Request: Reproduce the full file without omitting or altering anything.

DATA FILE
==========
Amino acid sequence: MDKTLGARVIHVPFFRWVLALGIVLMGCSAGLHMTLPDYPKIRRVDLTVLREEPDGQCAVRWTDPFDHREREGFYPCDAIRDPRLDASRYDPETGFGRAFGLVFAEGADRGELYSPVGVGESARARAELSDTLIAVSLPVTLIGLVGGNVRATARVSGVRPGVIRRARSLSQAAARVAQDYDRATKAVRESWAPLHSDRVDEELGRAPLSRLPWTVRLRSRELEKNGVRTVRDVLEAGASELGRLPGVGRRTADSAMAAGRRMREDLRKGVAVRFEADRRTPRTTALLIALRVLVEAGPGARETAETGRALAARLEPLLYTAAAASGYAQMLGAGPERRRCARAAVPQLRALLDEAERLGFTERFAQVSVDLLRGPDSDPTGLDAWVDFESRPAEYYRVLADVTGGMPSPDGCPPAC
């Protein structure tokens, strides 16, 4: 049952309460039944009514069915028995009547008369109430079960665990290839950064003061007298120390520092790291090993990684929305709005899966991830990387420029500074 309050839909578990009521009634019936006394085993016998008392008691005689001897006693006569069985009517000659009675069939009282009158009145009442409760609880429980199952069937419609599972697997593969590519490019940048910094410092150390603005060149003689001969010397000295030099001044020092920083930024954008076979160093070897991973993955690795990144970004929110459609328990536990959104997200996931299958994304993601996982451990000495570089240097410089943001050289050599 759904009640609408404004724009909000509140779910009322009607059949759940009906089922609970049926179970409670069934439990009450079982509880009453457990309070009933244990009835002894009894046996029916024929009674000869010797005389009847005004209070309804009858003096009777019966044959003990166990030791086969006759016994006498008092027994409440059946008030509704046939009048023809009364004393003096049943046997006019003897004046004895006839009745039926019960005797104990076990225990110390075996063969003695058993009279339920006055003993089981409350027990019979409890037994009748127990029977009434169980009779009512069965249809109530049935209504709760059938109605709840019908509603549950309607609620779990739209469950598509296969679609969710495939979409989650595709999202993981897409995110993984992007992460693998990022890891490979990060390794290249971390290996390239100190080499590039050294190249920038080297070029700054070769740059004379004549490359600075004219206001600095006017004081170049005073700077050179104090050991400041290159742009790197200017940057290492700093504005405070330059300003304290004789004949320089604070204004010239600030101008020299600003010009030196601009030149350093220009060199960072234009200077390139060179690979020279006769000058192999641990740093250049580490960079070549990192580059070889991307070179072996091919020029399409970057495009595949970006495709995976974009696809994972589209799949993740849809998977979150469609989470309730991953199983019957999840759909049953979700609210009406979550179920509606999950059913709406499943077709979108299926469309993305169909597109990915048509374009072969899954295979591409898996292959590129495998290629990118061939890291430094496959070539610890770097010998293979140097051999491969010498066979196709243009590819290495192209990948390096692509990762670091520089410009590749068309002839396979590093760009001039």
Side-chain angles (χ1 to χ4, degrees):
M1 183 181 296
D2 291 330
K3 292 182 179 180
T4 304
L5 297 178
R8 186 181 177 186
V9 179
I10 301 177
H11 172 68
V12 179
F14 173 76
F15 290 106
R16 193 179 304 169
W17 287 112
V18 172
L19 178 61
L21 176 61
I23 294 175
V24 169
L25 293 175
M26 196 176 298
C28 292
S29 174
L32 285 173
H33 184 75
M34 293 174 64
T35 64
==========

Amino acid sequence: MDKTLGARVIHVPFFRWVLALGIVLMGCSAGLHMTLPDYPKIRRVDLTVLREEPDGQCAVRWTDPFDHREREGFYPCDAIRDPRLDASRYDPETGFGRAFGLVFAEGADRGELYSPVGVGESARARAELSDTLIAVSLPVTLIGLVGGNVRATARVSGVRPGVIRRARSLSQAAARVAQDYDRATKAVRESWAPLHSDRVDEELGRAPLSRLPWTVRLRSRELEKNGVRTVRDVLEAGASELGRLPGVGRRTADSAMAAGRRMREDLRKGVAVRFEADRRTPRTTALLIALRVLVEAGPGARETAETGRALAARLEPLLYTAAAASGYAQMLGAGPERRRCARAAVPQLRALLDEAERLGFTERFAQVSVDLLRGPDSDPTGLDAWVDFESRPAEYYRVLADVTGGMPSPDGCPPAC
């Protein structure tokens, strides 16, 4: 049952309460039944009514069915028995009547008369109430079960665990290839950064003061007298120390520092790291090993990684929305709005899966991830990387420029500074 309050839909578990009521009634019936006394085993016998008392008691005689001897006693006569069985009517000659009675069939009282009158009145009442409760609880429980199952069937419609599972697997593969590519490019940048910094410092150390603005060149003689001969010397000295030099001044020092920083930024954008076979160093070897991973993955690795990144970004929110459609328990536990959104997200996931299958994304993601996982451990000495570089240097410089943001050289050599 759904009640609408404004724009909000509140779910009322009607059949759940009906089922609970049926179970409670069934439990009450079982509880009453457990309070009933244990009835002894009894046996029916024929009674000869010797005389009847005004209070309804009858003096009777019966044959003990166990030791086969006759016994006498008092027994409440059946008030509704046939009048023809009364004393003096049943046997006019003897004046004895006839009745039926019960005797104990076990225990110390075996063969003695058993009279339920006055003993089981409350027990019979409890037994009748127990029977009434169980009779009512069965249809109530049935209504709760059938109605709840019908509603549950309607609620779990739209469950598509296969679609969710495939979409989650595709999202993981897409995110993984992007992460693998990022890891490979990060390794290249971390290996390239100190080499590039050294190249920038080297070029700054070769740059004379004549490359600075004219206001600095006017004081170049005073700077050179104090050991400041290159742009790197200017940057290492700093504005405070330059300003304290004789004949320089604070204004010239600030101008020299600003010009030196601009030149350093220009060199960072234009200077390139060179690979020279006769000058192999641990740093250049580490960079070549990192580059070889991307070179072996091919020029399409970057495009595949970006495709995976974009696809994972589209799949993740849809998977979150469609989470309730991953199983019957999840759909049953979700609210009406979550179920509606999950059913709406499943077709979108299926469309993305169909597109990915048509374009072969899954295979591409898996292959590129495998290629990118061939890291430094496959070539610890770097010998293979140097051999491969010498066979196709243009590819290495192209990948390096692509990762670091520089410009590749068309002839396979590093760009001039």
Side-chain angles (χ1 to χ4, degrees):
M1 183 181 296
D2 291 330
K3 292 182 179 180
T4 304
L5 297 178
R8 186 181 177 186
V9 179
I10 301 177
H11 172 68
V12 179
F14 173 76
F15 290 106
R16 193 179 304 169
W17 287 112
V18 172
L19 178 61
L21 176 61
I23 294 175
V24 169
L25 293 175
M26 196 176 298
C28 292
S29 174
L32 285 173
H33 184 75
M34 293 174 64
T35 64